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Acacia anceps facts for kids

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Port Lincoln wattle
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Acacia anceps habit
Scientific classification
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Occurrence data from AVH
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A. anceps foliage and flowers

Acacia anceps, commonly known as Port Lincoln wattle or the two edged wattle, is a shrub belonging to the genus Acacia and the subgenus Phyllodineae.


The bushy spreading shrub typically grows to a height of 1 to 3 metres (3 to 10 ft). It blooms from September to February and produces yellow flowers. The branches are erect, rigid, glabrous and grow outward to a diameter of 1 to 3 metres (3 to 10 ft). The phyllodes are thick and rigid with a linear to obovate shape. They grow to a length of around 5 centimetres (2.0 in) and a width of 3.5 cm (1.4 in). The solitary inflorescences are axillary with large globular flower heads. After flowering seed pods form that are red to brown in colour. The pods are flat to undulating and around 5 cm (2.0 in) long and 1.2 cm (0.5 in) wide containing seeds which are dark brown or mottled with an elliptic shape.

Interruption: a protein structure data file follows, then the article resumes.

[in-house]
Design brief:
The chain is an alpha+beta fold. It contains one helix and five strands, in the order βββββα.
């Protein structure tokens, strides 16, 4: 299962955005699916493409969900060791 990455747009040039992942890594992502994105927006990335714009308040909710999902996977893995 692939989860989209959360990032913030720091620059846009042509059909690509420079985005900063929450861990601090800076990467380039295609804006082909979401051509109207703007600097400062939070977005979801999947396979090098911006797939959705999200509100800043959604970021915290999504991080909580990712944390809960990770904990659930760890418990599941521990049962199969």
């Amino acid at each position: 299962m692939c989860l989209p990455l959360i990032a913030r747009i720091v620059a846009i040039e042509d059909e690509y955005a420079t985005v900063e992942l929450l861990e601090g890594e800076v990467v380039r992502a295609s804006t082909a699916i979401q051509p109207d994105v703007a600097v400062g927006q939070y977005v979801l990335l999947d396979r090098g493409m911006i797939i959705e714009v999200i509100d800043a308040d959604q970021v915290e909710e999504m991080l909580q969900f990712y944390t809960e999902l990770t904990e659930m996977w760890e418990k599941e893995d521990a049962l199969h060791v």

It is native to an area along the south coast of the Goldfields-Esperance region of Western Australia and coastal areas of South Australia as far east as the Eyre Peninsula. It grows well in calcareous sandy soils and shallow red-brown sandy soils as a part of coastal dune vegetation or open scrub ecosystems.


The plant is used as an ornamental wattle that thrives in coastal locations and is planted as a windbreak. It can be propagated from seeds or from cuttings but needs well drained soils. It will tolerate full sun or part shade and is drought tolerant.

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